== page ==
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For owners in building projects involving construction management contracts with a guaranteed maximum price, it's wise to look over any payment applications carefully.

How do I know? A few days ago I chatted by phone with Phil Ramacca, senior managing director of auditing and accounting consultant David S. Landau & Associates.

DLA performs enough audits to conduct its own informal research and the company recently reviewed 100 different projects around the country. What DLA found is a lot of duplicated billing in payment applications covering subcontractor invoices for services that should have been covered by the construction manager in the general conditions part of the contract.

As most of you know, the general conditions usually cover security, jobsite trailers, temporary power for the site, etc.

"Every one or two weeks, the contractor will send over a payment application, with a lot of support for various line items," Ramacca said. "Here's for electrical, here's for plumbing, and all those are backed up in the application."

"But then we will see a line saying trailer rent or temporary power, and those are real expenses. But we know they are embedded in the general conditions."

"What ends up happening is that those folks checking the payment application have a strong mindset of percentage-of- completion, but they are not all that great with payment applications and numbers and contractors."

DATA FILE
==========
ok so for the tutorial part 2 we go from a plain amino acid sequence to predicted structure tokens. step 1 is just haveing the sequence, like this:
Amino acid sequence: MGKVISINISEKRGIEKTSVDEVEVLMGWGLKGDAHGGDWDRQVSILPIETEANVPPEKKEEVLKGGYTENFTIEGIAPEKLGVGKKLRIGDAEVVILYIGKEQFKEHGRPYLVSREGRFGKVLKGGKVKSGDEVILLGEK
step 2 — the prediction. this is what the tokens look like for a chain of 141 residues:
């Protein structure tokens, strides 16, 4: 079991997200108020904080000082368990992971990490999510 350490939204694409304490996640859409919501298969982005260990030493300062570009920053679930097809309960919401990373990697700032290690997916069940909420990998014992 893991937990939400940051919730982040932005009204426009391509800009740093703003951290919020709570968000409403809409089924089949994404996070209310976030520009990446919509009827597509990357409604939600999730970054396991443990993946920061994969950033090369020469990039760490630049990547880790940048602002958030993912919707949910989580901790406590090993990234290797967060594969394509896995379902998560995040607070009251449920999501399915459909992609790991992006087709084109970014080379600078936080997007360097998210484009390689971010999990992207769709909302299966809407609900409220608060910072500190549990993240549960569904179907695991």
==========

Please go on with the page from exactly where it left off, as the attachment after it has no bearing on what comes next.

Others have pointed out similar pitfalls in cost-plus contracts or in general conditions clauses of contracts. Such as the possibility that the contractor will use cost savings that should go to the owner to cover cost overruns in general conditions or field overhead. Or the possibility that the contractor will self-perform some of the work originally priced out by the subcontractors.

Ramacca says he finds sometimes that the contract is clear but that "the contractors will bill for things they are not entitled to."

One other area that Ramacca sees problems and says his firm has recovered money for owners: Contractor-controlled insurance programs.

"I think the level of complexity tends to confuse people," he says.

But that's a story for another day.